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Corn as cash: Brazil's bartering farmers raise risks for Canada's Nutrien

Reuters  |  WINNIPEG, Manitoba/SAO PAULO 

By and Ana Mano

WINNIPEG, Manitoba/SAO PAULO (Reuters) - Taking a page from its aggressive growth strategy in the United States, cash-rich Canadian giant Ltd plans to plow investment into in a bid to reap up to 30 percent of farm supply sales in fertile pockets of the country.

But business in Brazil's farm sector - the world's fastest growing - strays far from the usual practices in North America's farm belt, where is a top supplier of fertilizer, and seed.

It's a place where the ancient economy of bartering - in this case swapping crops for - is still common, helping Brazilian farmers mitigate their high reliance on credit. Selling directly to farmers in the way plans is a risk that rivals and are avoiding, senior executives from both companies told

For Nutrien, going big in sales of seed, and to Brazilian farmers is a way to manage another risk - volatility in wholesale prices. stores in the are a boon during times of high supply and low prices - as now - because they give the biggest global producer by capacity assurance of base demand in a major farm market.

Brazilian barters typically involve farmers, grain handlers such as and sellers in three-way arrangements that see farmers commit a portion of their future harvest to the grain handler in exchange for from the manufacturer.

Such deals are unnecessary in and the United States, where chartered banks and government lenders provide ample credit to tide farmers over to autumn, when they can start selling their output. Brazilian farmers lack such willing lenders, so they rely on monetizing crops that have not even been planted.

"Farmers use their soybeans like their money; use their corn like it's cash," said Rick McLellan, senior vice-of for Mosaic, which does some barter deals involving its deliveries.

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Nutrien, formed in January by a merger of of and Agrium, disclosed the same month that it intends to become a major in Brazil, stretching its reach beyond North America, and

revealed to that the company is looking to roll up as much as 30 percent of farm sales in pockets of central and - a level that it calculates may not raise antitrust concerns. The growth plan hinges mainly on buying existing dealers.

Getting there may take many years, with price tags to buy dealers currently high, Magro said, declining to place a timeline on his plans.

"What we're doing today is going to be a program that will last many, many years," he said. "The vision is to have a North American-South American integrated company. If we can get there, that's a pretty powerful global complex."

To build up its business, is willing to barter by accepting grain as collateral against credit, similar to how it operates in Argentina, Magro said.

Julio Zavala, at Brazilian blender Utilfertil Indústria de Fertilizantes, which owns, said the company is still devising its strategy for building Utilfertil has already done some bartering with farmers through grain traders Cargill and Bunge Ltd, he said.

The venture could give a grasp of the world's fastest-growing major agriculture market, or cause an expensive slip-up just as it woos investors back to an oversupplied global crop nutrient sector.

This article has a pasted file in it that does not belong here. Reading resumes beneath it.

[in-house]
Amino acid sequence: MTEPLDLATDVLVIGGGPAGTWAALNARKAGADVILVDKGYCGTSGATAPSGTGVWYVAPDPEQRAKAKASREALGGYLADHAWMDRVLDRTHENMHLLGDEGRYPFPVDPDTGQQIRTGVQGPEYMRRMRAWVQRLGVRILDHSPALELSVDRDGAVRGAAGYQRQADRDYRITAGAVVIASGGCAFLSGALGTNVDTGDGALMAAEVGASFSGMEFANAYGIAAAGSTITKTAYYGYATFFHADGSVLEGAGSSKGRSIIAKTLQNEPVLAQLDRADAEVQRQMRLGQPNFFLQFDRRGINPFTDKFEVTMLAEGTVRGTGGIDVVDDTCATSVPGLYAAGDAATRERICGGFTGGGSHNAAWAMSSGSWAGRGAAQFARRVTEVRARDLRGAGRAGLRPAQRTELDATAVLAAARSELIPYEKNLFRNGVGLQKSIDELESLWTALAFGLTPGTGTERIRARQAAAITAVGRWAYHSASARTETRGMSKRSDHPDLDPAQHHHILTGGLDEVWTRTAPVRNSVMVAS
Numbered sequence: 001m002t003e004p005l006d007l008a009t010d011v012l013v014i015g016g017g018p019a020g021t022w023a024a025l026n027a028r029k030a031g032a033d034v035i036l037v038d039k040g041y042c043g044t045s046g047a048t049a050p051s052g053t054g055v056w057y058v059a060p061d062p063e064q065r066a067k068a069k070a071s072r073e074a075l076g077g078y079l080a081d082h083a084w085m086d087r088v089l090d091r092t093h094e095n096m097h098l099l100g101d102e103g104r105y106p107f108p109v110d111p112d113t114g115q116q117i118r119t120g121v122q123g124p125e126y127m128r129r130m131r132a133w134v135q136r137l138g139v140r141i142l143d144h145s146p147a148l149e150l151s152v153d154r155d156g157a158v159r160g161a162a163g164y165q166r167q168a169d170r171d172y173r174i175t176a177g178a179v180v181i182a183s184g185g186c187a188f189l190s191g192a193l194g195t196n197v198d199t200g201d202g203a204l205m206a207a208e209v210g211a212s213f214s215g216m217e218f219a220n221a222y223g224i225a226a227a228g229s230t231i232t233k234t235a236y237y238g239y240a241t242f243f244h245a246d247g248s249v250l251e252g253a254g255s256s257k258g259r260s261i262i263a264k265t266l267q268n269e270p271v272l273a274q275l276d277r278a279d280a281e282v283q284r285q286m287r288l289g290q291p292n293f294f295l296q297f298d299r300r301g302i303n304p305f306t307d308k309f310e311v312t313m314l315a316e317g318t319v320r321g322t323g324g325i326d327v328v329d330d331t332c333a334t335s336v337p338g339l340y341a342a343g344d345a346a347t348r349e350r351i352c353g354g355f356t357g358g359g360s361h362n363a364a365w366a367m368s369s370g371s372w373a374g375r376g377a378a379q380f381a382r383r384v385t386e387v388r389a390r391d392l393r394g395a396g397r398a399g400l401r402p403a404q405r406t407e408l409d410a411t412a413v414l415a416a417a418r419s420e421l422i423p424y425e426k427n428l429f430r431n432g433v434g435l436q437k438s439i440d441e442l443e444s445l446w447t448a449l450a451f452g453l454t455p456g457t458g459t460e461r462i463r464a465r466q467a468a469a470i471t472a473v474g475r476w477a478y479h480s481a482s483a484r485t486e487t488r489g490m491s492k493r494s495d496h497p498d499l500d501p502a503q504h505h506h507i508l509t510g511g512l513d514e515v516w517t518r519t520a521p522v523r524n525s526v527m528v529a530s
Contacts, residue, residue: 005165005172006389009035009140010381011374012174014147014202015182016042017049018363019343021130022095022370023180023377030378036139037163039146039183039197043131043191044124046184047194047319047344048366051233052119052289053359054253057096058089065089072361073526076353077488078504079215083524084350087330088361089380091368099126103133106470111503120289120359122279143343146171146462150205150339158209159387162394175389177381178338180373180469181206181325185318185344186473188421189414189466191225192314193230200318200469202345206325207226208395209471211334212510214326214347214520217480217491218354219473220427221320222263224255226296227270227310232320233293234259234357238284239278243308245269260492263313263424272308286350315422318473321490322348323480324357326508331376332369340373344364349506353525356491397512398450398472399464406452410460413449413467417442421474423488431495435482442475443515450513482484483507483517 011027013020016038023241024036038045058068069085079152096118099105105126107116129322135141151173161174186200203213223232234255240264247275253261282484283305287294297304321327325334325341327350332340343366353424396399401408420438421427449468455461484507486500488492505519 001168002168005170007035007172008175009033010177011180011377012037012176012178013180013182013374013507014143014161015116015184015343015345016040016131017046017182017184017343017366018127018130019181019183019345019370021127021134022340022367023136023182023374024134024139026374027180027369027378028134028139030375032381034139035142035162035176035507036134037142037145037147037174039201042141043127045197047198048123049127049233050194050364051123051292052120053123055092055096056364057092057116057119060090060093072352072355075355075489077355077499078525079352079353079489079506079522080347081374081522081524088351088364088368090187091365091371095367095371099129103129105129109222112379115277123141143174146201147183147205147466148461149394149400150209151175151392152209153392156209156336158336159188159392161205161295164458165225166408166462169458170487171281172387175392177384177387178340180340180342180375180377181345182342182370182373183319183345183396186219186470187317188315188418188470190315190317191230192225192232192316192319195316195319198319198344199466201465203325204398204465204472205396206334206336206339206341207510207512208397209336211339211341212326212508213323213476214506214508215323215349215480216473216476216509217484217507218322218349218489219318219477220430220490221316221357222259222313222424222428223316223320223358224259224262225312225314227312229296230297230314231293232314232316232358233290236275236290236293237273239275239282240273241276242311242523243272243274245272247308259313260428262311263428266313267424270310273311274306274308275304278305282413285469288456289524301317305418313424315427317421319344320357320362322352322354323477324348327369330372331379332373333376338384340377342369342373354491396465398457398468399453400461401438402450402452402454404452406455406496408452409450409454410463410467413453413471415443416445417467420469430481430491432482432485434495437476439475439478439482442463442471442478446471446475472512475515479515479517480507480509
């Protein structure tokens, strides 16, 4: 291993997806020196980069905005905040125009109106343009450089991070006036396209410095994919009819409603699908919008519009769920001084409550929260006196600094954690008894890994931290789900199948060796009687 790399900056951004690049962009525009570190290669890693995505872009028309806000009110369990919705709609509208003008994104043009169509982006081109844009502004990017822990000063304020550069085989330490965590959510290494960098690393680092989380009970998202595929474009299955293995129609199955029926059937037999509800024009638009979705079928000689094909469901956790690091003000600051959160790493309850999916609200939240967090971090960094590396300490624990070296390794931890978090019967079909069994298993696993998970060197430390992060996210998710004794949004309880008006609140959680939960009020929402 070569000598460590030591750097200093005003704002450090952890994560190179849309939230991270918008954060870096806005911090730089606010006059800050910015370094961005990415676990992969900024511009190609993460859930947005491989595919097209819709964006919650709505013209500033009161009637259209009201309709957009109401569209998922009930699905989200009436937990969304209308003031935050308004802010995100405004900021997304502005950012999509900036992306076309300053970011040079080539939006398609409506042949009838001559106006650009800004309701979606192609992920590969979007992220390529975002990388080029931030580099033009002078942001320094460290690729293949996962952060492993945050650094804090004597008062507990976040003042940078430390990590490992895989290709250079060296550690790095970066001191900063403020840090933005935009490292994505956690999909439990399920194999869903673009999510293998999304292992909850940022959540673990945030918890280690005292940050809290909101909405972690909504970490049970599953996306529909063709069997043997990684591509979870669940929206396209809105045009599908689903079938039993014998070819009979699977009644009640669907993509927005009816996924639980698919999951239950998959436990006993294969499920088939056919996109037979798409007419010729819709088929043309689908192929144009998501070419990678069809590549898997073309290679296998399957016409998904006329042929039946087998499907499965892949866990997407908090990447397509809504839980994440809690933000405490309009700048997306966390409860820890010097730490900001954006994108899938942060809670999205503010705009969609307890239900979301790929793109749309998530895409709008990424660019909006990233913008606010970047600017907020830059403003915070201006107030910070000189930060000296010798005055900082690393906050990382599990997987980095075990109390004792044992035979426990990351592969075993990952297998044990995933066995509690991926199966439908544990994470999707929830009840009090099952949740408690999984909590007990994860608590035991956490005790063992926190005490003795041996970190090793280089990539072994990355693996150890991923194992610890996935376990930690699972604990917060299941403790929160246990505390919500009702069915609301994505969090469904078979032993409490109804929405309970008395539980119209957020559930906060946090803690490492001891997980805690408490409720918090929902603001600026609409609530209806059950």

The stock is trading around the same level it opened at on Jan. 2. Investors are focused on how will spend some $4.6 billion on growth in and shareholder returns after it sells stakes in companies SQM, and to appease merger regulators, according to analysts.


Rival Mosaic sees too much risk in Nutrien's strategy to follow along.

U.S.-based Mosaic sells bulk to Brazilian farms large enough to own storage facilities, but has no interest in creating a network, said Brazil's system is "hugely fragmented," made up of many tiny players, he said.

"A lot of these are almost back-of-the-shed type operations and we don't want to get into the greater risk that goes with that," O'Rourke said in an interview.

Some 100 dealers in sell to farmers, and none owns more than 5 percent market share, according to

Yara sees different risk in any attempt to be a one-stop supplier: moving too far beyond its core expertise of and into seeds and

"That's a totally different business," said Cleiton Vargas, Yara's senior vice-of crop nutrition in

Yara sells about half of the it produces in in direct deliveries to mostly large, successful farmers and shares the risk of selling to smaller growers by utilizing other sellers, Vargas said.

While is a farm powerhouse, it still imported some 26.3 million tonnes of last year, according to association ANDA, which amounts to three quarters of the nutrients that farmers used.

According to a major group, new entrants are welcome because they potentially increase competition among input sellers, reducing prices.

"The more players, the better," said Antônio Galvan, of the Mato Grosso soy growers association Aprosoja. Commonly, Brazilian farmers band together in large groups and buy directly from producers in a bid to cut costs.

Others, like Cayron Giacomelli, barter crops for through grain traders including China's state-owned and Amaggi.

A potential acquisition target, distributor and cooperative Fecoagro, is intrigued by Nutrien's plan.

"We are open to anything," said

(Reporting by in Winnipeg, Manitoba and in Sao Paulo; Editing by and Edward Tobin)

(This story has not been edited by Business Standard staff and is auto-generated from a syndicated feed.)

First Published: Mon, March 12 2018. 12:47 IST